He also said he was "very proud" of schemes to settle people fleeing Afghanistan, Hong Kong and Ukraine but said gangs were "preying on the vulnerabilities of families" by "putting them on unsafe boats" in the channel.
"We've got to break their business model so that actually the legal routes are the way forward," he said. "Those people have arrived in a safe country in France. My family fled directly from Iraq to a safe country which is the United Kingdom and I'm very proud of that".
\u201cKILLER question by @JayneSeckerSky:\n\n"How would have fared if you'd been put on a plane to Rwanda?"\n\nIt leaves @nadhimzahawi floundering and trying to argue the fact that his parents were lucky enough to flee on a plane directly to the UK, somehow, makes all the difference. ~AA\u201d
Last night the ECHR ruled that one of the seven people who had been scheduled to leave on the flight should not be removed. This allowed lawyers representing the others to make last-minute applications of their own.
Responding to the decision, Patel said she was “disappointed” by the legal challenge to the scheme which will send people arriving to the UK to the country and said that the policy will continue.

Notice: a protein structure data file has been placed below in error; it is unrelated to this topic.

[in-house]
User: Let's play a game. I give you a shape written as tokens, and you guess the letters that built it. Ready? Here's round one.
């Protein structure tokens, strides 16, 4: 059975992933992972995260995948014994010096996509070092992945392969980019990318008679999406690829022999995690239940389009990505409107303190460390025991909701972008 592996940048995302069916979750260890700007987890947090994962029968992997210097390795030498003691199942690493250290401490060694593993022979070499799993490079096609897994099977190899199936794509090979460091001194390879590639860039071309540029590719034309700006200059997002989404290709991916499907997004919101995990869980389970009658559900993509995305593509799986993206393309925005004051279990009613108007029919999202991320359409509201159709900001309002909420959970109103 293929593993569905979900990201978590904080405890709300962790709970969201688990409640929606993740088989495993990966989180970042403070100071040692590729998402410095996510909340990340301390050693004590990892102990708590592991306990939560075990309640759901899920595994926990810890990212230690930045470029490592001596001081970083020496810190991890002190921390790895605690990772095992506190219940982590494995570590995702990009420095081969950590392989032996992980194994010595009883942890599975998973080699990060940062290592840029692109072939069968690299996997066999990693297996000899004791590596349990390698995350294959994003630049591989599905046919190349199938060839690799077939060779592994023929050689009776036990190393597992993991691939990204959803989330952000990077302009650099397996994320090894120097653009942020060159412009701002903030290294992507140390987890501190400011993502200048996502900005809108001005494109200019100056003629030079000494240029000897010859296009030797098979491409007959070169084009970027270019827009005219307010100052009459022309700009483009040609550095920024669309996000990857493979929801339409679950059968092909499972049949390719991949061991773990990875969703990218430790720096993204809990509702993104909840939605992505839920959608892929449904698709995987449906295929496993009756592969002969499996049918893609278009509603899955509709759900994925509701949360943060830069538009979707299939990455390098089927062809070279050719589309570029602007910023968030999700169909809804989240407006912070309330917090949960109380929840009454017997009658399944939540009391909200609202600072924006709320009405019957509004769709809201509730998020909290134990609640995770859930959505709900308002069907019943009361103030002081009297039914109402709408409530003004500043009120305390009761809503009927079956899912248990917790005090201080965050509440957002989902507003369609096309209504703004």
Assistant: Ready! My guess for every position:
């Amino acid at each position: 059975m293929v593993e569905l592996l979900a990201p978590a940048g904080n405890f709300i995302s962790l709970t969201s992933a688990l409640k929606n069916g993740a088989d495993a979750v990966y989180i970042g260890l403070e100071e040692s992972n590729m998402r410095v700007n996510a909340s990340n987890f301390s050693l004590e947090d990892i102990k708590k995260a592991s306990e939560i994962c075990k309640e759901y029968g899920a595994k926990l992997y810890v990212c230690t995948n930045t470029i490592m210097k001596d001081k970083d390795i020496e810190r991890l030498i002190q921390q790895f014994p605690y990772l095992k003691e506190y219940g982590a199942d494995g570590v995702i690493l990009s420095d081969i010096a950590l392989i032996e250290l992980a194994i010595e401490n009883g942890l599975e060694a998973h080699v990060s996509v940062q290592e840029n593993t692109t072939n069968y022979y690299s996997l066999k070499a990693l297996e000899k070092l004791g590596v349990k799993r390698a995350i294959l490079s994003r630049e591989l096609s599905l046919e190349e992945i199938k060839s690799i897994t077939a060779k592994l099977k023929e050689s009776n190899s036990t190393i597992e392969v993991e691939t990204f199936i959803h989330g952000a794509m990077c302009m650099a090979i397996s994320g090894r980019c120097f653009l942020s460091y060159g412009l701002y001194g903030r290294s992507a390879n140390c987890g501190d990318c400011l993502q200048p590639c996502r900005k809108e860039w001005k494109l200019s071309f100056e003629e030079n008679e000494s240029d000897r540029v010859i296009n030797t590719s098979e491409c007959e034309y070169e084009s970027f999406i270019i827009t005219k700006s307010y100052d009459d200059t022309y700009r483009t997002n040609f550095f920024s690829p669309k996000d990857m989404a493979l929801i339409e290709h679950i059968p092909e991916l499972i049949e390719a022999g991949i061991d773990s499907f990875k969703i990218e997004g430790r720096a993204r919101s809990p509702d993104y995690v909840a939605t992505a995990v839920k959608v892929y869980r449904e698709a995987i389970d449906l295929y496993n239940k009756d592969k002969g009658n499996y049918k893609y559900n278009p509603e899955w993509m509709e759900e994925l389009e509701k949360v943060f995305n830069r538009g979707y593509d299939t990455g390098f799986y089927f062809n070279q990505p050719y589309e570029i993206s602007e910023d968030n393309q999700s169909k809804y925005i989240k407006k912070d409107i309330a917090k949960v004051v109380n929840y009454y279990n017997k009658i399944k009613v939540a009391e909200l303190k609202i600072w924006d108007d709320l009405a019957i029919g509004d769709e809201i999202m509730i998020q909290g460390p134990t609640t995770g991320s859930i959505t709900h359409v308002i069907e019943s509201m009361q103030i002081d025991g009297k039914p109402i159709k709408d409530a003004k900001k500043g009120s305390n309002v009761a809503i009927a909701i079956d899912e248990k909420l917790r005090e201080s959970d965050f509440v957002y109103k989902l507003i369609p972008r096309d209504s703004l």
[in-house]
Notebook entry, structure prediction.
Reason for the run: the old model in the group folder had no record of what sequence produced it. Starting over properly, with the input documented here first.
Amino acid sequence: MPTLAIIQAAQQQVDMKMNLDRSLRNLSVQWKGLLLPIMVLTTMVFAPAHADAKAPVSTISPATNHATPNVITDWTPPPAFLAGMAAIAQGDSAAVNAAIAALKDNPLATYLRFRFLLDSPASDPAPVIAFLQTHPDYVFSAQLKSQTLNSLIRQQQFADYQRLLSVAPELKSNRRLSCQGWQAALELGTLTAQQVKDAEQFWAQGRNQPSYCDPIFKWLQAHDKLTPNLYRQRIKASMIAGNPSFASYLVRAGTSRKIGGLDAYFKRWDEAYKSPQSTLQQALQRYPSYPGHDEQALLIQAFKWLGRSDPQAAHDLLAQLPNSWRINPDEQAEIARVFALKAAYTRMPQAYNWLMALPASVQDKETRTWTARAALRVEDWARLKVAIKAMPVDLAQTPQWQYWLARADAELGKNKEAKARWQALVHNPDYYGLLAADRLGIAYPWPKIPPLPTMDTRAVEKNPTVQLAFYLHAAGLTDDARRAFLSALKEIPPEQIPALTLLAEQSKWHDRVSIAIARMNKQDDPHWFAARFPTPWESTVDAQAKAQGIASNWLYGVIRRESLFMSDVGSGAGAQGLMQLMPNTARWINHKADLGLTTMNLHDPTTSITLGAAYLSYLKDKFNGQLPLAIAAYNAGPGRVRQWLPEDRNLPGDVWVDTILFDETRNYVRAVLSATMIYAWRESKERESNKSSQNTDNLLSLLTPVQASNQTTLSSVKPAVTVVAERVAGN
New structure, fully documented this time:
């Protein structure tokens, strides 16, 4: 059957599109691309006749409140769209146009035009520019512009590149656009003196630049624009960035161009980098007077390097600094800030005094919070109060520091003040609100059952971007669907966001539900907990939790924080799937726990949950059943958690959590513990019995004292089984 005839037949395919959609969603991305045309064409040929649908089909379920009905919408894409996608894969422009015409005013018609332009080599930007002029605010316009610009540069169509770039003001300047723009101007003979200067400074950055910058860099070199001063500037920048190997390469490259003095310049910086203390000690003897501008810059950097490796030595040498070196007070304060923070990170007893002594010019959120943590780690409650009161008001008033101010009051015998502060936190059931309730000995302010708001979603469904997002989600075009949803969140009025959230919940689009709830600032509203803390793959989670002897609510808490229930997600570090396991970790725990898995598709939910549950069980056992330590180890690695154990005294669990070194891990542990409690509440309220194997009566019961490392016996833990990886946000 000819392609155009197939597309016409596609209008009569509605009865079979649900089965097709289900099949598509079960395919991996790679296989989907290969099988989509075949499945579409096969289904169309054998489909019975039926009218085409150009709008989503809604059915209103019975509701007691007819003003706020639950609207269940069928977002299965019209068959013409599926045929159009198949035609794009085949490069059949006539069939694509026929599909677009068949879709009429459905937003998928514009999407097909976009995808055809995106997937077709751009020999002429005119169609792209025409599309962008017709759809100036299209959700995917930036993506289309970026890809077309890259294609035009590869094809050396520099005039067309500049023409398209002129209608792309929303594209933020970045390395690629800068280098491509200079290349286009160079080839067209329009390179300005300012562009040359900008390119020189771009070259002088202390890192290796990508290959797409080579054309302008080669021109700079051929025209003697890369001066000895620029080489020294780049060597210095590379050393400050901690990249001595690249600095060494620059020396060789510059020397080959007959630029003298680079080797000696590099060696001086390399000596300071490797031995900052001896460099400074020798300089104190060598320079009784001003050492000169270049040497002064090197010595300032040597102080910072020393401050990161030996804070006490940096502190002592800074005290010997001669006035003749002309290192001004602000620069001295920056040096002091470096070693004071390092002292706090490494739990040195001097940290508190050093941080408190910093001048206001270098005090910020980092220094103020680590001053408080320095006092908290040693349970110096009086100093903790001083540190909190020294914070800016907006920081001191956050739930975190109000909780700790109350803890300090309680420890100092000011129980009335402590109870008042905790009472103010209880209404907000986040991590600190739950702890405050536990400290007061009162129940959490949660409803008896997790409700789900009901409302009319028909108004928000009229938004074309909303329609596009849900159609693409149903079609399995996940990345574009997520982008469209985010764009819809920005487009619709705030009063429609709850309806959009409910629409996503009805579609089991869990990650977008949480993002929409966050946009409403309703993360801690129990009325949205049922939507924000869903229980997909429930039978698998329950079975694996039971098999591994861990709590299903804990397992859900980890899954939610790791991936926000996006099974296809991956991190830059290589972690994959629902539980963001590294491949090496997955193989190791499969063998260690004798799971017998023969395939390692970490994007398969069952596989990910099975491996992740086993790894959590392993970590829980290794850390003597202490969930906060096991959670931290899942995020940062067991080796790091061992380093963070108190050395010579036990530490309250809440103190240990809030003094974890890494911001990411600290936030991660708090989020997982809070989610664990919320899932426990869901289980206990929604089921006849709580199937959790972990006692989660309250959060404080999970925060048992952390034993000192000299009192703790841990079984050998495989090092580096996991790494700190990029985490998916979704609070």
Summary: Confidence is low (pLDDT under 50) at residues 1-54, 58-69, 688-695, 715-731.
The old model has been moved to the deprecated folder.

“We will not be deterred from doing the right thing and delivering our plans to control our nation’s borders,” she said. “Our legal team are reviewing every decision made on this flight and preparation for the next flight begins now.”
Yvette Cooper, the shadow home secretary, said that the government must take responsibility for the failed flight, and indicated that the government does not mind clashing with lawyers and the European courts.
“Ministers are pursuing a policy they know isn’t workable and that won’t tackle criminal gangs,” she wrote on Twitter last night. “But they still paid Rwanda £120m and hired a jet that hasn’t taken off because they just want a row and someone else to blame.”
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